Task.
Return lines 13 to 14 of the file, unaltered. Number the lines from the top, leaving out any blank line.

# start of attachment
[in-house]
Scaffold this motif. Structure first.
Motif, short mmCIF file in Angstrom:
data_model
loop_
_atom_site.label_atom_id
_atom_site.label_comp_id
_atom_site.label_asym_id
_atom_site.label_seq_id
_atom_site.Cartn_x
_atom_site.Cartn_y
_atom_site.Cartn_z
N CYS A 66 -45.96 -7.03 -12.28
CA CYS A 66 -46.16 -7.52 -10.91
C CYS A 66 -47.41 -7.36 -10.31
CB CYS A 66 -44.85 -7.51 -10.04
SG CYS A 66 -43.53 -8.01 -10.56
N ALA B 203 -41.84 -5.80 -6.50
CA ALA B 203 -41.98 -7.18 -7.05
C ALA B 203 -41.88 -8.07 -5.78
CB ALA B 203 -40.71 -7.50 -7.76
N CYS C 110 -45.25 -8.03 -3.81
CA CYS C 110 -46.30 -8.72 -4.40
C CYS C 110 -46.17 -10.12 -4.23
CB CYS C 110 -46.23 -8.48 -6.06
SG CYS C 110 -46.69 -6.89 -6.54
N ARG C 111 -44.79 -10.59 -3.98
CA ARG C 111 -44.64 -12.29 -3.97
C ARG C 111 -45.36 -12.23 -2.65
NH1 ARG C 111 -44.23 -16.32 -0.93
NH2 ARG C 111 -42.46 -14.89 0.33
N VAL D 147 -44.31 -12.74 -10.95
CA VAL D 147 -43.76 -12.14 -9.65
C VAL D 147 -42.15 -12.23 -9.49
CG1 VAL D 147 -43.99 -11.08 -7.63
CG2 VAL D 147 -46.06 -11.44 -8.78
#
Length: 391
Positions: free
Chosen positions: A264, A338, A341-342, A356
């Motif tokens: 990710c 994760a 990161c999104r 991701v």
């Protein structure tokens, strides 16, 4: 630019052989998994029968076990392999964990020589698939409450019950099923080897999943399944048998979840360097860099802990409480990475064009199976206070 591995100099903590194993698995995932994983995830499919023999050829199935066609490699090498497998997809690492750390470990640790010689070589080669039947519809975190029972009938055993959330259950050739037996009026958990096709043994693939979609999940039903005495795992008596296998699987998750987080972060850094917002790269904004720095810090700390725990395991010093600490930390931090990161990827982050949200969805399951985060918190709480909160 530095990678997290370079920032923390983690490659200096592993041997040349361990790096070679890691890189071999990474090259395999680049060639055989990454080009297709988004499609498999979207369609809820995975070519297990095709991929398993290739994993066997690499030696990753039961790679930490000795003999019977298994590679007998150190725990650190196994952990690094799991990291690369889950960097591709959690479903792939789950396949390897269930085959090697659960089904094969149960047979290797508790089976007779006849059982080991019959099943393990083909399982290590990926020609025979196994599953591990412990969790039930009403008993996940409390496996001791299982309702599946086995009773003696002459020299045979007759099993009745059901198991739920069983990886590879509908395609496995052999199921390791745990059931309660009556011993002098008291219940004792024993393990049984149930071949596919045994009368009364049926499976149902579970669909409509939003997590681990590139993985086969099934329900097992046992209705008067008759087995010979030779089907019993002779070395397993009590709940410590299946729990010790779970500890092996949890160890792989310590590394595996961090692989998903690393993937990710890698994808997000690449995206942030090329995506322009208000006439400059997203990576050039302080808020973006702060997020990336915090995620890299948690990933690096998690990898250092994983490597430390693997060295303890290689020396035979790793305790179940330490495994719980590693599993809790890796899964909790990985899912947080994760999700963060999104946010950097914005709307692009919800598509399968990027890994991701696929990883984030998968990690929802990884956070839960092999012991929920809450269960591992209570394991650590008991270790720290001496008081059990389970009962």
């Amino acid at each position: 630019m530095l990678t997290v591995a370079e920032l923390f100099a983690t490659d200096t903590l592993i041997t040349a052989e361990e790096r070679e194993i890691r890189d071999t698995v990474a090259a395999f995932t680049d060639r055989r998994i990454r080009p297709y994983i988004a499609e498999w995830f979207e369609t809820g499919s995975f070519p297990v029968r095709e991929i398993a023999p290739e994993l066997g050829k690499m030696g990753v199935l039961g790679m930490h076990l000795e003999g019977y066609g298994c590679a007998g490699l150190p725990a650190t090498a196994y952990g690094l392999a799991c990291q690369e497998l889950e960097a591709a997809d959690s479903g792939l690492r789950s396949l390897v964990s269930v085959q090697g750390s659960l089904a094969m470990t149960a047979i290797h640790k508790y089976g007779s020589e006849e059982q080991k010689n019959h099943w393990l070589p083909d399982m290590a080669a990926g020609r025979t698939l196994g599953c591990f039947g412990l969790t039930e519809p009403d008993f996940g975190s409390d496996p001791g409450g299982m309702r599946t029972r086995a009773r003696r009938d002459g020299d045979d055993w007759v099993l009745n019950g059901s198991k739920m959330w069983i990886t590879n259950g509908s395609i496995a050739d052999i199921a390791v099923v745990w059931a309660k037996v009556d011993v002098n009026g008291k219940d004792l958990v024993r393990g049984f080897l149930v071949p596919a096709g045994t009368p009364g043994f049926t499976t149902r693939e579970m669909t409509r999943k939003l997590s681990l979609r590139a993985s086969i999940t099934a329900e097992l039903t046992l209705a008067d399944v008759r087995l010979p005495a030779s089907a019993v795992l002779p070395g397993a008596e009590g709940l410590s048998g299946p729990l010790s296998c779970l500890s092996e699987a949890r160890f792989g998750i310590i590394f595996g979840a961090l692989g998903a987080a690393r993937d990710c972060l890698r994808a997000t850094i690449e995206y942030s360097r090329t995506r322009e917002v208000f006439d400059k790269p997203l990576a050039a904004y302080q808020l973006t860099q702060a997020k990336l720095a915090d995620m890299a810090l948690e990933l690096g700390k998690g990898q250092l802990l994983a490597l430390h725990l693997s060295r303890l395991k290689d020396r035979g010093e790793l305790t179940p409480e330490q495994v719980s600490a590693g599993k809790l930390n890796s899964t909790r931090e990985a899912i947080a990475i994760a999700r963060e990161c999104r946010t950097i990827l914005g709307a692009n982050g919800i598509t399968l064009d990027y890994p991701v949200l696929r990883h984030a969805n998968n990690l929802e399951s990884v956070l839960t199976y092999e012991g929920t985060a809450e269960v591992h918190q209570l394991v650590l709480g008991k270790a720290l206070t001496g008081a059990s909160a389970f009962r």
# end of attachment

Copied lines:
N CYS A 66 -45.96 -7.03 -12.28
CA CYS A 66 -46.16 -7.52 -10.91